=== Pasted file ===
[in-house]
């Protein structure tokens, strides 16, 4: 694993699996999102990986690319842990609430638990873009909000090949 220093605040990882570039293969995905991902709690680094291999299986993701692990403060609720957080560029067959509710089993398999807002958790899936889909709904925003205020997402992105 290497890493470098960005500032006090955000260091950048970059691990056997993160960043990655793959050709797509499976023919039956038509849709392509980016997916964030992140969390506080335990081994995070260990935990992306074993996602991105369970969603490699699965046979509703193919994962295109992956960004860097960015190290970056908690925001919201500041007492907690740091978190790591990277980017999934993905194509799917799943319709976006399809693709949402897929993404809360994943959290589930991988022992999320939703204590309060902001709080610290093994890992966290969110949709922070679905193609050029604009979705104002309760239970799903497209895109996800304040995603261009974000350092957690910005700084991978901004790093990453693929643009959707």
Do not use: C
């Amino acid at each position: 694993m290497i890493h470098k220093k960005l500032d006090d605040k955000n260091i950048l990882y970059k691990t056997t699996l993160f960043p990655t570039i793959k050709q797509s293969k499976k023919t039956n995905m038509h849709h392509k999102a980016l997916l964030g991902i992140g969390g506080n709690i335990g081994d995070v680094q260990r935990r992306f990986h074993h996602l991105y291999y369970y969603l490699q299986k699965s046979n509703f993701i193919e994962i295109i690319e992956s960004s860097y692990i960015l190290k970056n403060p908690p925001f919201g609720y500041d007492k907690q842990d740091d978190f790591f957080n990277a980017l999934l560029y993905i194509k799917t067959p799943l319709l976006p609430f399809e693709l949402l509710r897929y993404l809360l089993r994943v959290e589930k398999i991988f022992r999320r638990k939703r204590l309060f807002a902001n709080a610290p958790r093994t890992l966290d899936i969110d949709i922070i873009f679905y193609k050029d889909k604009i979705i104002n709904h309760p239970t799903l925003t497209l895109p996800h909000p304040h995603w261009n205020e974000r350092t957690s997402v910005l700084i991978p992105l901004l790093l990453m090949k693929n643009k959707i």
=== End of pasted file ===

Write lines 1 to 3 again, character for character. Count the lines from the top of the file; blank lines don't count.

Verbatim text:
[in-house]
């Protein structure tokens, strides 16, 4: 694993699996999102990986690319842990609430638990873009909000090949 220093605040990882570039293969995905991902709690680094291999299986993701692990403060609720957080560029067959509710089993398999807002958790899936889909709904925003205020997402992105 290497890493470098960005500032006090955000260091950048970059691990056997993160960043990655793959050709797509499976023919039956038509849709392509980016997916964030992140969390506080335990081994995070260990935990992306074993996602991105369970969603490699699965046979509703193919994962295109992956960004860097960015190290970056908690925001919201500041007492907690740091978190790591990277980017999934993905194509799917799943319709976006399809693709949402897929993404809360994943959290589930991988022992999320939703204590309060902001709080610290093994890992966290969110949709922070679905193609050029604009979705104002309760239970799903497209895109996800304040995603261009974000350092957690910005700084991978901004790093990453693929643009959707």
Do not use: C